Will you spoil the native missionary by supporting him with American money?
The first thing we need to understand is that there is no such thing as American money. It is all God's money. If we are prosperous in America, it is so that we might wisely use what God has given us for the advancement of His Kingdom. Secondly, the support given to the indigenous missionaries is adjusted according to the average income of the population. For example, if the average income in a country is $150 a month, then that is the support given to a missionary serving in that country. The support provides no luxuries, but gives enough economic freedom so that the missionary might work full-time in the ministry. Thirdly, we do not hire men so that they might begin working in the mission field; rather, we support men who have already given themselves to the work and would continue whether they received outside help or not. Finally, we find this objection about spoiling native missionaries with a $100 a month salary amusing in light of the fact that some missionary board and denomination executives in the United States make over $100,000 in annual salary.
Are cross-cultural missionaries still needed on the mission field?
Absolutely! The indigenous missionary strategy does not eliminate the need for cross-cultural missionaries. This is not an either/or but a both/and situation. We are not arguing for a moratorium on North American and Western European missionaries but fully recognize the need for thousands more on the field! We are simply stating that the indigenous missionary strategy is equally viable; and, in some cases, it is a more effective missionary method.
How can a native missionary be as qualified as the American missionaries with a university or seminary education?
That depends on what you consider the qualifications to be. Do you measure a man of God by a diploma from a university; or by biblical knowledge, godliness, the Spirit's power, and zeal? Throughout the world there are indigenous missionaries of whom the world is not worthy. We know of men who have stood for hours and preached while being mocked and beaten and having goat urine poured on their heads. They preached until their persecutors grew tired, sat down, and listened! We know of men who look like toothless, sandal-footed beggars, and yet they have started ten or fifteen churches. One of the greatest examples of the truly qualified missionary was Angel Colmenares of Peru. He was an indigenous missionary who was used of God in a movement that left hundreds of churches in its wake. Several years ago, Paul Washer asked a Christian filmmaker to accompany Angel and him to a Bible conference among the mountain people of the Northern Andes Mountains. The filmmaker accepted, even though he was scheduled to travel to Brazil to attend a conference that was purported to be one of the greatest gatherings of missionary minds and strategists in the history of South America. Before traveling to the mountains, the filmmaker accompanied Angel as he walked through a garbage dump looking for a discarded car battery that he hoped to use to power his microphone for open-air preaching. The filmmaker later remarked, “I was scheduled to go to the greatest gathering of missionary minds and strategists in the history of South America, but here I was walking around in a garbage dump with this little beggar of a man who has started more churches than all those mission experts put together!”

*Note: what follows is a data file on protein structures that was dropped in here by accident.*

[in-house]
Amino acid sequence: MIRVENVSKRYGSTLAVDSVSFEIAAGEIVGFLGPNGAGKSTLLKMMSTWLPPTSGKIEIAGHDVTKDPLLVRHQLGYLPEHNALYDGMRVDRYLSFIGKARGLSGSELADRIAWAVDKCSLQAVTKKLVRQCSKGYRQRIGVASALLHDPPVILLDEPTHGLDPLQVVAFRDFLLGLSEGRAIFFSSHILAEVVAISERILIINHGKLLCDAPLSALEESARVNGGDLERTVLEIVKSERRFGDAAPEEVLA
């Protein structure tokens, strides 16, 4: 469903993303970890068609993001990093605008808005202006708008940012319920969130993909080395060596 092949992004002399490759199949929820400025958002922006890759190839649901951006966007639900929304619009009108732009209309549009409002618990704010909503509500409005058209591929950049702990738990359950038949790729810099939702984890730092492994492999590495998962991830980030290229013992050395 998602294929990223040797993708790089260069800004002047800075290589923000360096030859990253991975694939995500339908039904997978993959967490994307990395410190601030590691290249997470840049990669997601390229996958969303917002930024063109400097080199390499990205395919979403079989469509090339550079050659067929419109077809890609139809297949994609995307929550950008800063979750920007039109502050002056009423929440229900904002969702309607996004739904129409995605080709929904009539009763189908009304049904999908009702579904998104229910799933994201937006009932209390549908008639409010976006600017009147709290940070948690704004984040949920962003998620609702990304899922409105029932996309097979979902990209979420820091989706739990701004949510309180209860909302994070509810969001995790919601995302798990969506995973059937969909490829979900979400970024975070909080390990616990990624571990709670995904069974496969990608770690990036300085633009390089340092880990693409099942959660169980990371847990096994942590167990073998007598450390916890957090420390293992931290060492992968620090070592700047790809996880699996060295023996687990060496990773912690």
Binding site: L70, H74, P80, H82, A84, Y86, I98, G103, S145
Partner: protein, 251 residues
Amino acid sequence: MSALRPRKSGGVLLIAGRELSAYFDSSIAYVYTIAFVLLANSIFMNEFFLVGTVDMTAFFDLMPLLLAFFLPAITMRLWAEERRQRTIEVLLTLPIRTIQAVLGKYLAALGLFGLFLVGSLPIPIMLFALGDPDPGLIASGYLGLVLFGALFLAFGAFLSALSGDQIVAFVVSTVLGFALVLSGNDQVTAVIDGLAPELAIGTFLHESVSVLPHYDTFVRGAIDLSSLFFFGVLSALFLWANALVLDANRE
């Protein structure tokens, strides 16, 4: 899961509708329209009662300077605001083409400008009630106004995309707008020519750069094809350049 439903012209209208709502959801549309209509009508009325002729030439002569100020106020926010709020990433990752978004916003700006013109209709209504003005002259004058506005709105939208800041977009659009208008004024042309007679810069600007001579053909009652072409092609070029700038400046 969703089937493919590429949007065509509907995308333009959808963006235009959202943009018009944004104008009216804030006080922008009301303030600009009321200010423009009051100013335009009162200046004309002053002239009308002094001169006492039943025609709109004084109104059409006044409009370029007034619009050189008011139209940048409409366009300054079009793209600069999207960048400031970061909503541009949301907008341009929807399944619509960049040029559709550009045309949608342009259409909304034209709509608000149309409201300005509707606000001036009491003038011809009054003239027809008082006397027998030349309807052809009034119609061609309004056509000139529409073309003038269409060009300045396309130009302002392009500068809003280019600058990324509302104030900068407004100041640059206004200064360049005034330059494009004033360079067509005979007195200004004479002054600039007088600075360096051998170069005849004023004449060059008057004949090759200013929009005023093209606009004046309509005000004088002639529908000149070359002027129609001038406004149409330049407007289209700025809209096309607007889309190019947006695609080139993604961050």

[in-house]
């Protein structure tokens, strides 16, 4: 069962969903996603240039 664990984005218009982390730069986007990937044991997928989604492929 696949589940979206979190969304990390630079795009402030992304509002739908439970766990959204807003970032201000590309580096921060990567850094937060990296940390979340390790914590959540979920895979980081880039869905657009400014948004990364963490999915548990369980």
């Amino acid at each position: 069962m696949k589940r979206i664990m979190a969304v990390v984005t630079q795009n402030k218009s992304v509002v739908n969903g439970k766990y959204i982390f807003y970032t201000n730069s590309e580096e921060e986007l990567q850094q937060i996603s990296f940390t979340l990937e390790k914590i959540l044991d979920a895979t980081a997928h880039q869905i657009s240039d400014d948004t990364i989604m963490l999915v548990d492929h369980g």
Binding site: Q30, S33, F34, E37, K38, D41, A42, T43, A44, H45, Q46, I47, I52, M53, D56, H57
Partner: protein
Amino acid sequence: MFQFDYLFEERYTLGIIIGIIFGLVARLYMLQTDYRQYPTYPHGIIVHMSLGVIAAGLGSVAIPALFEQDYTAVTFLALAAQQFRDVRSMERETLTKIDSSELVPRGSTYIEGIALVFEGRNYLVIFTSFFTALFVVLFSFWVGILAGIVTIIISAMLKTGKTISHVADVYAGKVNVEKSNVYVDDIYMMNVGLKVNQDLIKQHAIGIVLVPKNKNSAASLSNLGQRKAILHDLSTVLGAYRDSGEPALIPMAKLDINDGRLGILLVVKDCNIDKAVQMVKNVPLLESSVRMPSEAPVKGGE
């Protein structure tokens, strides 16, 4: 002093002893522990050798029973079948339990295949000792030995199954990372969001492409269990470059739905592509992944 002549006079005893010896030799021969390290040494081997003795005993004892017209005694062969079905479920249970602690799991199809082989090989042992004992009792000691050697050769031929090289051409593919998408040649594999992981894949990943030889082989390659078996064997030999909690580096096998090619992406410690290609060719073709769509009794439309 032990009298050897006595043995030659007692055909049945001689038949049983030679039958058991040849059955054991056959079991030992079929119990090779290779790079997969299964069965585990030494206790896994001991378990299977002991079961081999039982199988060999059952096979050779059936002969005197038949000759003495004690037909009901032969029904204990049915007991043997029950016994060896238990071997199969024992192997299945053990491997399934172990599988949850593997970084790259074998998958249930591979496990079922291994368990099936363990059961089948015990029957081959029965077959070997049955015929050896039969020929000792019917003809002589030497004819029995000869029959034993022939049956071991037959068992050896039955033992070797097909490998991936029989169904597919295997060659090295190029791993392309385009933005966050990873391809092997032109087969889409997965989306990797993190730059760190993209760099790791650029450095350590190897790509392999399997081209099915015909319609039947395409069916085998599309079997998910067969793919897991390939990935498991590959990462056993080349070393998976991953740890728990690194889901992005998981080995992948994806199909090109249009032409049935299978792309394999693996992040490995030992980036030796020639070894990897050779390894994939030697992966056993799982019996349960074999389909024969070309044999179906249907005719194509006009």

Why don’t the churches in these countries support their own missionaries?
This is a good question. The ultimate goal is always that the churches in a given country send and support their own missionaries; but many countries have been devastated by famine, war, and years of political corruption. The Christians in these countries often suffer unbelievable poverty and sacrifice to preach the Gospel and plant churches. The support from the outside simply helps them with this task. At this moment, in countless countries around the world, there are multitudes of men and women who work 16-hour days to feed their families, while often earning less than $100 a month. When they are not working, many of them are preaching the Gospel and planting churches. The outside support enables them to invest those 16 hours in the Lord’s work instead of in a factory!